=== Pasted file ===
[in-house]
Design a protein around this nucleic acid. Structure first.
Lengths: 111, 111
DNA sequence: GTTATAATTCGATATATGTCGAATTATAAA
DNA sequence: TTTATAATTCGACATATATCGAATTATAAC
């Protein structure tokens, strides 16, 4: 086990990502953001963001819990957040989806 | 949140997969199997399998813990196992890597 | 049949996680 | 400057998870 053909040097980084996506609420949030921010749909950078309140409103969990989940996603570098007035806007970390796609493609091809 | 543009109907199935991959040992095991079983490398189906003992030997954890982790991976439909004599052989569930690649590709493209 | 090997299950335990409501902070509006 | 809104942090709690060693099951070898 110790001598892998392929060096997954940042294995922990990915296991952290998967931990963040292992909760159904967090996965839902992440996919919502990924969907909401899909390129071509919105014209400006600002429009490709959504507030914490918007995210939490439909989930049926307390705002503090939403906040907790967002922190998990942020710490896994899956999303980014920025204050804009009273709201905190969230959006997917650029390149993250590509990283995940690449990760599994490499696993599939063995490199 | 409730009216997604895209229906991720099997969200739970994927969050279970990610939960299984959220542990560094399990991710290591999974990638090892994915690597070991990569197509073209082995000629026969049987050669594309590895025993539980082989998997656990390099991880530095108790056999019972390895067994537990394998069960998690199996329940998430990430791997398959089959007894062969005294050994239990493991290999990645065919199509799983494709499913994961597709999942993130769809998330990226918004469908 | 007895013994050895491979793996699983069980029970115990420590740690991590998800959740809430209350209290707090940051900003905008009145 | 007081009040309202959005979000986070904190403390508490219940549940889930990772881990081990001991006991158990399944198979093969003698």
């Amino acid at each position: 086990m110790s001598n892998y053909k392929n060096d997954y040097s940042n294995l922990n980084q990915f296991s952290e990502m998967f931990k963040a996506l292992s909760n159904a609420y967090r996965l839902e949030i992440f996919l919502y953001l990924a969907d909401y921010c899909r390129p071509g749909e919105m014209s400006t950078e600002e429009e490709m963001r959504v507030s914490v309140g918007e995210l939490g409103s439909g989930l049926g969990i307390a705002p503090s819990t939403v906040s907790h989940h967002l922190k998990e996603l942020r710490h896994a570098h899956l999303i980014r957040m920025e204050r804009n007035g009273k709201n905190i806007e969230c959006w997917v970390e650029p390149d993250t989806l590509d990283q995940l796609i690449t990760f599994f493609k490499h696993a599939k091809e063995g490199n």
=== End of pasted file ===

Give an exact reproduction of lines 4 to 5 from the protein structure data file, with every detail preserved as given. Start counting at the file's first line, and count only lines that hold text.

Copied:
DNA sequence: GTTATAATTCGATATATGTCGAATTATAAA
DNA sequence: TTTATAATTCGACATATATCGAATTATAAC